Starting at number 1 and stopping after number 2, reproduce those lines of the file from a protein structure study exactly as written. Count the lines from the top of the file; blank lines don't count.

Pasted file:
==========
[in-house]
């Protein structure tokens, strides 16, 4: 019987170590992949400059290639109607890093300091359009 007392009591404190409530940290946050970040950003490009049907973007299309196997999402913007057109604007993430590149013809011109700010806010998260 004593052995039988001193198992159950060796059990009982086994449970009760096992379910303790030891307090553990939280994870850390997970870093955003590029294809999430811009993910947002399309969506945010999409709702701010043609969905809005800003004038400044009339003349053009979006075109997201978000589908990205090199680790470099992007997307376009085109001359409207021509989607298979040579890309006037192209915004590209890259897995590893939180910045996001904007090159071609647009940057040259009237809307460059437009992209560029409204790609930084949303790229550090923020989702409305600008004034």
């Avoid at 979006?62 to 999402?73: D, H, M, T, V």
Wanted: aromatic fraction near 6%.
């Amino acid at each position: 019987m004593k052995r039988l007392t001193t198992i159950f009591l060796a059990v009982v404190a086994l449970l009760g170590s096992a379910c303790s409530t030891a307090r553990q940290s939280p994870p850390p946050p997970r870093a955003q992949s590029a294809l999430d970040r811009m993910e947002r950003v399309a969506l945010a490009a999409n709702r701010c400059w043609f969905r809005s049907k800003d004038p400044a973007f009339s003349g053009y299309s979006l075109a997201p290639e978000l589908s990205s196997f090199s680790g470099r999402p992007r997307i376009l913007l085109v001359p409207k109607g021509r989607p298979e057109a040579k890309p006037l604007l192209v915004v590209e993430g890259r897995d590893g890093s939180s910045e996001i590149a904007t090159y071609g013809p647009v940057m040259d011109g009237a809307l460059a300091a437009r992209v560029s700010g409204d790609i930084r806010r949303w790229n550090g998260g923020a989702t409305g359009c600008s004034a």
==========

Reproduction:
[in-house]
């Protein structure tokens, strides 16, 4: 019987170590992949400059290639109607890093300091359009 007392009591404190409530940290946050970040950003490009049907973007299309196997999402913007057109604007993430590149013809011109700010806010998260 004593052995039988001193198992159950060796059990009982086994449970009760096992379910303790030891307090553990939280994870850390997970870093955003590029294809999430811009993910947002399309969506945010999409709702701010043609969905809005800003004038400044009339003349053009979006075109997201978000589908990205090199680790470099992007997307376009085109001359409207021509989607298979040579890309006037192209915004590209890259897995590893939180910045996001904007090159071609647009940057040259009237809307460059437009992209560029409204790609930084949303790229550090923020989702409305600008004034």